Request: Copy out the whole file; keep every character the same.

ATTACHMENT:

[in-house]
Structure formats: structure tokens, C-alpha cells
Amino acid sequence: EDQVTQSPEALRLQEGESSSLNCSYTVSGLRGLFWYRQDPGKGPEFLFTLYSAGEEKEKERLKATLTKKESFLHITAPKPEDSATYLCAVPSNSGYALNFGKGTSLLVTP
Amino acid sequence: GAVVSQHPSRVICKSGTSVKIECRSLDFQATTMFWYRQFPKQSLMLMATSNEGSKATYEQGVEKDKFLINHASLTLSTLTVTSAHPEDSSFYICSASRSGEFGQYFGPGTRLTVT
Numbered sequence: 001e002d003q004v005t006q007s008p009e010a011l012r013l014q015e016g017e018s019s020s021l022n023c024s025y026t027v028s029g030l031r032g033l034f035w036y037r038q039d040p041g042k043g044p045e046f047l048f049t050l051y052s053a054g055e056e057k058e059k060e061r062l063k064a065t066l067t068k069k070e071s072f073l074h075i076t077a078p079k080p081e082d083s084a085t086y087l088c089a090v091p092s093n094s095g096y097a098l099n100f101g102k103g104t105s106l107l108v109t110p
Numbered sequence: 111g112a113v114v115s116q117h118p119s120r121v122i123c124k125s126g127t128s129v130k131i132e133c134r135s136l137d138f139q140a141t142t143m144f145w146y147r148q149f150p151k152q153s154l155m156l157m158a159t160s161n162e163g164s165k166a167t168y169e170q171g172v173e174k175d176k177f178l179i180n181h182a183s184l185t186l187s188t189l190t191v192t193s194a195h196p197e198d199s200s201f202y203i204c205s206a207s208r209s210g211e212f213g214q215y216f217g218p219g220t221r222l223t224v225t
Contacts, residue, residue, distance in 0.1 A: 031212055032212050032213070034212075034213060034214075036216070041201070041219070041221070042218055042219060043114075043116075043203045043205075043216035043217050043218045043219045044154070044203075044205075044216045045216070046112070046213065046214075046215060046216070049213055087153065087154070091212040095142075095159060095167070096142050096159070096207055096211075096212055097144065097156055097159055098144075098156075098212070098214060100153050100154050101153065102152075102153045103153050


[in-house]
Structure formats: structure tokens, C-alpha cells
Amino acid sequence: EDQVTQSPEALRLQEGESSSLNCSYTVSGLRGLFWYRQDPGKGPEFLFTLYSAGEEKEKERLKATLTKKESFLHITAPKPEDSATYLCAVPSNSGYALNFGKGTSLLVTP
Amino acid sequence: GAVVSQHPSRVICKSGTSVKIECRSLDFQATTMFWYRQFPKQSLMLMATSNEGSKATYEQGVEKDKFLINHASLTLSTLTVTSAHPEDSSFYICSASRSGEFGQYFGPGTRLTVT
Numbered sequence: 001e002d003q004v005t006q007s008p009e010a011l012r013l014q015e016g017e018s019s020s021l022n023c024s025y026t027v028s029g030l031r032g033l034f035w036y037r038q039d040p041g042k043g044p045e046f047l048f049t050l051y052s053a054g055e056e057k058e059k060e061r062l063k064a065t066l067t068k069k070e071s072f073l074h075i076t077a078p079k080p081e082d083s084a085t086y087l088c089a090v091p092s093n094s095g096y097a098l099n100f101g102k103g104t105s106l107l108v109t110p
Numbered sequence: 111g112a113v114v115s116q117h118p119s120r121v122i123c124k125s126g127t128s129v130k131i132e133c134r135s136l137d138f139q140a141t142t143m144f145w146y147r148q149f150p151k152q153s154l155m156l157m158a159t160s161n162e163g164s165k166a167t168y169e170q171g172v173e174k175d176k177f178l179i180n181h182a183s184l185t186l187s188t189l190t191v192t193s194a195h196p197e198d199s200s201f202y203i204c205s206a207s208r209s210g211e212f213g214q215y216f217g218p219g220t221r222l223t224v225t
Contacts, residue, residue, distance in 0.1 A: 031212055032212050032213070034212075034213060034214075036216070041201070041219070041221070042218055042219060043114075043116075043203045043205075043216035043217050043218045043219045044154070044203075044205075044216045045216070046112070046213065046214075046215060046216070049213055087153065087154070091212040095142075095159060095167070096142050096159070096207055096211075096212055097144065097156055097159055098144075098156075098212070098214060100153050100154050101153065102152075102153045103153050